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BLITZER: And joining us now, Republican presidential candidate, Jon Huntsman, the former governor of Utah, the former U.S. ambassador to China. Governor, thanks very much for coming in.
JON HUNTSMAN (R), PRESIDENTIAL CANDIDATE: Thank you, Wolf.
Delighted to be here.
BLITZER: All right. Let's imagine you're president of the United States right now. You have a divided Republican Caucus in the House of Representatives, a Senate majority, a Democratic majority in the Senate and you're president. And you've got three or four days before the debt ceiling runs out.
What do you do?
HUNTSMAN: Use the bully pulpit in ways that speak to clear-cut and defined goals that the people of this country want to achieve. They want cuts. There's a cancer growing in this country And it's called debt. And everybody knows it. And some people are trying to hide from it.
So first and foremost, there's got to be serious cuts associated with whatever we do with the debt ceiling.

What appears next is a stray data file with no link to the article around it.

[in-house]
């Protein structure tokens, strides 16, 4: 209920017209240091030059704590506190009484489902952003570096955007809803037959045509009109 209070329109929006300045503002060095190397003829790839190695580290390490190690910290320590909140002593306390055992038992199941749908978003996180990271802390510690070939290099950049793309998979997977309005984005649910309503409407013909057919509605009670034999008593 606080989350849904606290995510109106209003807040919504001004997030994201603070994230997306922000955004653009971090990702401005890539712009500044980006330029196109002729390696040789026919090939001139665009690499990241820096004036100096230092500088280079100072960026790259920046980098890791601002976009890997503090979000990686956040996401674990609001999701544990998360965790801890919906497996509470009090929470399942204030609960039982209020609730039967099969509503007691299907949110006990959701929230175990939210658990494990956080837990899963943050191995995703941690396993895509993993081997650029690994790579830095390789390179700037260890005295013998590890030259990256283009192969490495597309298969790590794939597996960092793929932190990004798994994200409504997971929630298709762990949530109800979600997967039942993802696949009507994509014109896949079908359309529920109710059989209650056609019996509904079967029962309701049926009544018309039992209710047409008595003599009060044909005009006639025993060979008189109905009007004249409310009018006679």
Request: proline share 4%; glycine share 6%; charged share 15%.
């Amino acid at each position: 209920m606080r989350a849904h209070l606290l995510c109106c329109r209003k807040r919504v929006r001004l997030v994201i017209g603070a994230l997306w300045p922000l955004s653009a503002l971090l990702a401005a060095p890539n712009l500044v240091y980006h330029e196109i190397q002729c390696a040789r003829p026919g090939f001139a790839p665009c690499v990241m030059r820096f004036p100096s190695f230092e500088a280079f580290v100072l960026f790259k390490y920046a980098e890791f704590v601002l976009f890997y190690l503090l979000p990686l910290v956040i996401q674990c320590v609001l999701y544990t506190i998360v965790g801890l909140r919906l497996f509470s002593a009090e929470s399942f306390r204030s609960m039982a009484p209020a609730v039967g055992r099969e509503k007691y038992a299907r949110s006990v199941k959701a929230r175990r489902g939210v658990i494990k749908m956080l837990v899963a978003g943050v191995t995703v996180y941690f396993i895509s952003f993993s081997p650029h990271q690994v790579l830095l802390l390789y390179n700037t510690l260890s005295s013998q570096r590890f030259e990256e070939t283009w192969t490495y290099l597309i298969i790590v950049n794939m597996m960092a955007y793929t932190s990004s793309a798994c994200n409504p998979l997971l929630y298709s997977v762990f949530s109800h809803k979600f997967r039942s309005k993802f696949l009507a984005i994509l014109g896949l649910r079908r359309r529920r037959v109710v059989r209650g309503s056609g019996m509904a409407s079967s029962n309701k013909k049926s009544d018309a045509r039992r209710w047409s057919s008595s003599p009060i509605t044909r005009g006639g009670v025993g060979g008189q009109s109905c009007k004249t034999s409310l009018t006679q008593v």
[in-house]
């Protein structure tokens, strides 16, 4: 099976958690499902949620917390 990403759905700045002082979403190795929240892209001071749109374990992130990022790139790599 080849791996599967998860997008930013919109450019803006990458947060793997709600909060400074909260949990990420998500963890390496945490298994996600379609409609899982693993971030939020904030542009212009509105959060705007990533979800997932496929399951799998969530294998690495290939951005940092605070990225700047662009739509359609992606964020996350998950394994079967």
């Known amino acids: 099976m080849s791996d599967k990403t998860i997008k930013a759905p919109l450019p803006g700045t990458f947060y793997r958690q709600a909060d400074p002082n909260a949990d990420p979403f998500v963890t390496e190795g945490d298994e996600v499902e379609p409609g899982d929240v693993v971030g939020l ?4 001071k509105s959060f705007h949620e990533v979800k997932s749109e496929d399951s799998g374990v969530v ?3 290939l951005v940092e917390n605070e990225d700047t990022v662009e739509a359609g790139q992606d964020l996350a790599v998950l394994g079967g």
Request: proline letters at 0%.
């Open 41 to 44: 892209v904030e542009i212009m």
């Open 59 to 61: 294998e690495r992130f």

Second, we have to be very clear about meeting our obligations as a country. We're 25 percent of the world's GDP. We're the most significant financial services country in the world. And the eyes of the world are on us, as well.
Use the bully pulpit for things other than DNC talking points. Use the bully pulpit to get very specific about where you want to take this debate. And then you've got to work both houses of Congress.
BLITZER: All right. So if it comes down to this issue three, four days before the debt ceiling runs out, a second vote sometime next year, early next year, in the middle of presidential elections, campaigns, all of that, or a longer raising of the debt ceiling so you don't have to deal with this crisis again in the middle of 2012, you let it continue on until 2013, what do you do if that's the final issue that could avert default?
HUNTSMAN: Well, as president, I would look at the plans, and the dialogue is devoid of plans. Nobody seems to have a plan. There's a Boehner plan which I like, and that takes care of our immediate needs. It then pushes into next year some very important aspects --
BLITZER: But the White House says that's dead on arrival.
HUNTSMAN: Well, that's totally political. I mean, the fact that they're trying to push it out beyond 2012 is totally political.